Millions of Burmese supporters of Aung San Suu Kyi were told to expect a good result after they flocked to vote, some for the first time in their lives, in a landmark national election.
Although the official result has not been announced, the popular conviction that Ms Suu Kyi’s National League for Democracy (NLD) would win by a landslide remained intact.
The party’s co-founder, U Tin Oo, told thousands of supporters gathered outside the party headquarters: “We won’t be able to announce the results yet. All I can say is that the NLD is in a very good position.” Ms Suu Kyi was said to be too exhausted to address the crowds, who had gathered hoping for news of a quick victory and were urged to return for the results on Monday.
After 25 years, one more night might not seem long to wait. But there is a hunger about the popular response to this election, a yearning for the vindication of triumph at the fourth attempt.
In 1990 the NLD won by an overwhelming margin: the junta responded by throwing the MPs-elect into jail. In 2010 the NLD did not participate because Ms Suu Kyi was still in detention and many other senior figures still in jail. In 2012 it crushed the ruling Union Solidarity and Development Party (USDP) in by-elections, winning 43 out of 44 seats – but as a small opposition force in parliament it remained far from power. Now that prize is within its grasp, and its supporters can’t wait.
In Rangoon, thousands flocked to polling stations before dawn, waiting up to two hours for them to open, as if afraid that they would otherwise lose the opportunity. Voting was heavy throughout the day. In an electorate of 30 million, more than 70 per cent were said to have voted in some constituencies; some estimates put it even higher.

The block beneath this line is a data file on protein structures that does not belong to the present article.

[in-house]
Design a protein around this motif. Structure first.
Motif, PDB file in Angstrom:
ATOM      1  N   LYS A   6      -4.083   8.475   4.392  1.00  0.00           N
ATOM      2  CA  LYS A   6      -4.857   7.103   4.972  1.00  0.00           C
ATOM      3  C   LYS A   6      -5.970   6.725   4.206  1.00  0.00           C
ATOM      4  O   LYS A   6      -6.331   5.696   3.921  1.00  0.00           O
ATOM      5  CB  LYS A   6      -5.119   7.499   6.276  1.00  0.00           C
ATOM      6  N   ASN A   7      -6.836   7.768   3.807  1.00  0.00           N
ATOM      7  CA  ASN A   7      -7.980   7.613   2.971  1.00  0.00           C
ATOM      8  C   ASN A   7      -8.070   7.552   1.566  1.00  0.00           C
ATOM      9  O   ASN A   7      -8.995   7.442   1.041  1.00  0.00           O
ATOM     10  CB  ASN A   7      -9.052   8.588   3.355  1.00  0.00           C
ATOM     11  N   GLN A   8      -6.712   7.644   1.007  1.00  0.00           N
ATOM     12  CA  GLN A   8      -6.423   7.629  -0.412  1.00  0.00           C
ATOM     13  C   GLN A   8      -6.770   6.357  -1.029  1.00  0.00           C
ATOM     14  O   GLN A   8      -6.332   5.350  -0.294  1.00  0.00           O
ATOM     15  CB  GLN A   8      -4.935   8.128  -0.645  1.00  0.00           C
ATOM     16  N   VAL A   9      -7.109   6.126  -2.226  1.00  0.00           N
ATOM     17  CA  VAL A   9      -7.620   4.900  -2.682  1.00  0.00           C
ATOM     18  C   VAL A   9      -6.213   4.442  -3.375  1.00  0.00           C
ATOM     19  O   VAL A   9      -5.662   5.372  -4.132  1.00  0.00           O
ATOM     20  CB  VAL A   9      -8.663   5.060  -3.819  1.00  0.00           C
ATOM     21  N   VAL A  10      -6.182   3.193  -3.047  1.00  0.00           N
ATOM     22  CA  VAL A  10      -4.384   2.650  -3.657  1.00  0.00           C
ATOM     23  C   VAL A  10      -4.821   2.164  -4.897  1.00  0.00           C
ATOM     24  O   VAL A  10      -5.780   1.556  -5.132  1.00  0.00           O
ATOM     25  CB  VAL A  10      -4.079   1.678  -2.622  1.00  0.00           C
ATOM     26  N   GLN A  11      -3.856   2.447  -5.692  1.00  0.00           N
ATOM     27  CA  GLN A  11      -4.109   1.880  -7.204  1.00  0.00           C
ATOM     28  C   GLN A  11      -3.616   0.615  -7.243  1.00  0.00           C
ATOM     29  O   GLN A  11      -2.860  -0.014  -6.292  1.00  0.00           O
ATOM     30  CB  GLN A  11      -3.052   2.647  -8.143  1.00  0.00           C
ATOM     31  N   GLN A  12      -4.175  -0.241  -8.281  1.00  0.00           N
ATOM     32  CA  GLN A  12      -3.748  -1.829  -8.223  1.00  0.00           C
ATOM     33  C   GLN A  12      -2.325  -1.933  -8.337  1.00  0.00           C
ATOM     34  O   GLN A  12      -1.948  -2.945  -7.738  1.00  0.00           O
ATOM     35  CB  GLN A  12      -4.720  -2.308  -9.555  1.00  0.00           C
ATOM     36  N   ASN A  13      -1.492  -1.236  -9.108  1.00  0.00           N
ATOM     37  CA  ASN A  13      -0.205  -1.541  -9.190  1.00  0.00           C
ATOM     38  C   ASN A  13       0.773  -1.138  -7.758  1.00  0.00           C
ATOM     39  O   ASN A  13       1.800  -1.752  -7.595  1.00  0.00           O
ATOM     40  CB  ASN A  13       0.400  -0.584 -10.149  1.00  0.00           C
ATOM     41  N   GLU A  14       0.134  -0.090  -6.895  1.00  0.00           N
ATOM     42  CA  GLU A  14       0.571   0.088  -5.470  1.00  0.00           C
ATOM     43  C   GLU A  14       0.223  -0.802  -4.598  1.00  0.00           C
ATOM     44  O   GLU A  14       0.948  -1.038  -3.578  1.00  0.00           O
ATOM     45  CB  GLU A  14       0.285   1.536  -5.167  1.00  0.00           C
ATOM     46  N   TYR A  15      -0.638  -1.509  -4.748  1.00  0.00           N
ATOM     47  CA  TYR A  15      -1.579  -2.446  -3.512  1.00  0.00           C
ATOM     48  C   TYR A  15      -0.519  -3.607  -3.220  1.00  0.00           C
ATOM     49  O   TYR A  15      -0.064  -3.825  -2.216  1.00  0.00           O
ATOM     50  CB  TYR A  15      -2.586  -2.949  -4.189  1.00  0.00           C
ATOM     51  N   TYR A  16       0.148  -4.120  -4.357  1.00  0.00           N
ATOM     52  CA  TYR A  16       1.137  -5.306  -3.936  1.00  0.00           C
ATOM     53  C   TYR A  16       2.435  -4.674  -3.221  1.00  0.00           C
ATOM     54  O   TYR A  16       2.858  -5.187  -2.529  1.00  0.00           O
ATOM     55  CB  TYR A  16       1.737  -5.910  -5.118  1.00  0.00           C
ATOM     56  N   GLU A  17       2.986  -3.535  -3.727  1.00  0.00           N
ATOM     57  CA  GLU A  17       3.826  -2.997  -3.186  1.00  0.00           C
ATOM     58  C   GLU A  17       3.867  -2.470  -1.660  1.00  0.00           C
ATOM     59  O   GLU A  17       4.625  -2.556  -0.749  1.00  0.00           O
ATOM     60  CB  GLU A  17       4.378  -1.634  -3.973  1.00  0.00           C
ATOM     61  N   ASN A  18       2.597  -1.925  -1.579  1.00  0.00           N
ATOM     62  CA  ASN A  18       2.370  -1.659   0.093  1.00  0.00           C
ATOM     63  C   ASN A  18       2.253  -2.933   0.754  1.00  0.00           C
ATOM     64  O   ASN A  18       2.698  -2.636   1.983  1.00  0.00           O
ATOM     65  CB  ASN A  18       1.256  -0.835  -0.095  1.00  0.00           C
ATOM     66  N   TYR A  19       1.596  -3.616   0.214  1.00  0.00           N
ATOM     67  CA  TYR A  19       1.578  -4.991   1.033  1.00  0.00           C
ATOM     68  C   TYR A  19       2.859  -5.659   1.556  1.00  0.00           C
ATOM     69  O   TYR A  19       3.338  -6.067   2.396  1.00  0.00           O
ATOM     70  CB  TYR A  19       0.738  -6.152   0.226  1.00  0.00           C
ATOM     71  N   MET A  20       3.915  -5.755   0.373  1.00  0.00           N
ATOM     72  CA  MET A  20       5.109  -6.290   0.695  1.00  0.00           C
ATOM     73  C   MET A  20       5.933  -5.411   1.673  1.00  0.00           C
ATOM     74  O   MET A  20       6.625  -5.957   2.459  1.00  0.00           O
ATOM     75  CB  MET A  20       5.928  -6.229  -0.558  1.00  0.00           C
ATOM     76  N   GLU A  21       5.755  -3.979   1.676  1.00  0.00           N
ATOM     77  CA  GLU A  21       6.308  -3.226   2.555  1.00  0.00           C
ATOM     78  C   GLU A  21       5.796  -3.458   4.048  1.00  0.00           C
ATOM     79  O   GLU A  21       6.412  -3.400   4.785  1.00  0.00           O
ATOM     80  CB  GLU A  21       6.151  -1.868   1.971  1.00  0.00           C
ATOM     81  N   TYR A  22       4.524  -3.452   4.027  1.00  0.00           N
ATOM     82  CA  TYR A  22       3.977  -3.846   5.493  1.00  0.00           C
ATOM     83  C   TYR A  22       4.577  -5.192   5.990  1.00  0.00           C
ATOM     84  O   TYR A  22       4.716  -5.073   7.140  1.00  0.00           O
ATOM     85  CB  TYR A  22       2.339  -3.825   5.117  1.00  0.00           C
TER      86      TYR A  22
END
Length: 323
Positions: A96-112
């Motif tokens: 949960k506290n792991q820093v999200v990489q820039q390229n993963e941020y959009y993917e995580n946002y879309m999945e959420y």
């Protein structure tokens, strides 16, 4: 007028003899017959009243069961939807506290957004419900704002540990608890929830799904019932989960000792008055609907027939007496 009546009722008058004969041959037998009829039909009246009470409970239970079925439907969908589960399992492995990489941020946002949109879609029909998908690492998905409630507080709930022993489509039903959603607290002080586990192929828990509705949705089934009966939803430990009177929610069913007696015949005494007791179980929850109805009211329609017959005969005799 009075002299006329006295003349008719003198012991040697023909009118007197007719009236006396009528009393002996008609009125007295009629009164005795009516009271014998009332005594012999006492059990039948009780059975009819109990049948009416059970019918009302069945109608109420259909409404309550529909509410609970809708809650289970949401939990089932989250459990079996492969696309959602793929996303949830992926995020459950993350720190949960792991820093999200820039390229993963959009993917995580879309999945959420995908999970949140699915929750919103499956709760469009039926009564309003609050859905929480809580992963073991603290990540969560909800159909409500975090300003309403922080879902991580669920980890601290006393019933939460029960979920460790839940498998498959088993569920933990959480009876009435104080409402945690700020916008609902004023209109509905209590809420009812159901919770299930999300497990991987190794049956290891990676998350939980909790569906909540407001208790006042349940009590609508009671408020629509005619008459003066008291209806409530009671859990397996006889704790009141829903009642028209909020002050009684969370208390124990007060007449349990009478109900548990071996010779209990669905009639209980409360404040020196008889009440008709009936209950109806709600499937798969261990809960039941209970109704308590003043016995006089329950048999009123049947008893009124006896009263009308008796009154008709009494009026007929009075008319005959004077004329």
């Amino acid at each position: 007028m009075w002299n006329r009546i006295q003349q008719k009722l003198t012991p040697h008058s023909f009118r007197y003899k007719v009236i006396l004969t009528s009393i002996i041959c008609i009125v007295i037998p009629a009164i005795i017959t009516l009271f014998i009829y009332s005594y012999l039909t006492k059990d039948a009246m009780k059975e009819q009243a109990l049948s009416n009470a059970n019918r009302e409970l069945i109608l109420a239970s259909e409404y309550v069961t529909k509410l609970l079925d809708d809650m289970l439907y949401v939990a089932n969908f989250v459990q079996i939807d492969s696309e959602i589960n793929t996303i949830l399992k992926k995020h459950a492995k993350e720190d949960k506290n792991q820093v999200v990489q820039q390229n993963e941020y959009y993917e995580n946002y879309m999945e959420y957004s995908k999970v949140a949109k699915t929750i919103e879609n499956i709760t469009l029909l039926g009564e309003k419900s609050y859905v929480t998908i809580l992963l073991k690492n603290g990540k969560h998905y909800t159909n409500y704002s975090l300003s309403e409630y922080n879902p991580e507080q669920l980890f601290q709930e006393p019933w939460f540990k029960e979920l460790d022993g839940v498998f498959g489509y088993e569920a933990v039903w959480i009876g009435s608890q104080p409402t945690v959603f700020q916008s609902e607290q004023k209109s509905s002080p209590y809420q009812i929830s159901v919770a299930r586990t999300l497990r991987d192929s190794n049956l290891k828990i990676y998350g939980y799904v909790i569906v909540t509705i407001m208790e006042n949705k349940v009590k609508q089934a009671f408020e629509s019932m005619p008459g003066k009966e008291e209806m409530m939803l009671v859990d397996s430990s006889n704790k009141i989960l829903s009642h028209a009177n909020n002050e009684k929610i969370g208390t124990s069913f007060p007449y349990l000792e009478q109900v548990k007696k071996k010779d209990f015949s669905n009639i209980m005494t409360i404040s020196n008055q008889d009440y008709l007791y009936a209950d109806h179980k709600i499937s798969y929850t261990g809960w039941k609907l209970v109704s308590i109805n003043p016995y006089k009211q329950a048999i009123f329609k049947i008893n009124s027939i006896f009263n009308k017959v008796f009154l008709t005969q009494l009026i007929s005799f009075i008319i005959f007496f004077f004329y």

Ms Suu Kyi voted in the wealthy Bahan quarter of Rangoon, squeezing stony-faced through a scrum of photographers and cameramen and making no comment.
A mile away in the poor section of Yankin, the primitive local primary school was packed, with waits of up to two hours. “I came here to vote for my country,” said Daw San Te, 65, a vegetable seller. “No, I’m not worried about the army trying to rig the results. Buddha would not allow the truth to be ignored.”
Naing Naing Yee, 55, a volunteer monitor, said: “I was really surprised by the numbers waiting to vote. I volunteered during 2010, too, but that was a silent election: people knew the system would not change whether they voted or not. Today they know things will change.”
Voting around the country passed off peacefully, according to U Nyan Win, the NLD’s spokesman. “We haven’t heard about any violence,” he said. “Only disputes over voter lists and complaints over people losing the right to cast votes.”
But several claims of attempted corruption were reported. In one town voters were said to have been offered loans of 100,000 kyats (£50) which they need not repay if the USDP won. Advance voting, one of the main devices used to rig the election of 2010, produced anomalies this time, too.
But 10,500 local and international observers seem to have kept the election on track, and the USDP’s ex-military politicians are beginning to grasp how deeply unpopular they are.
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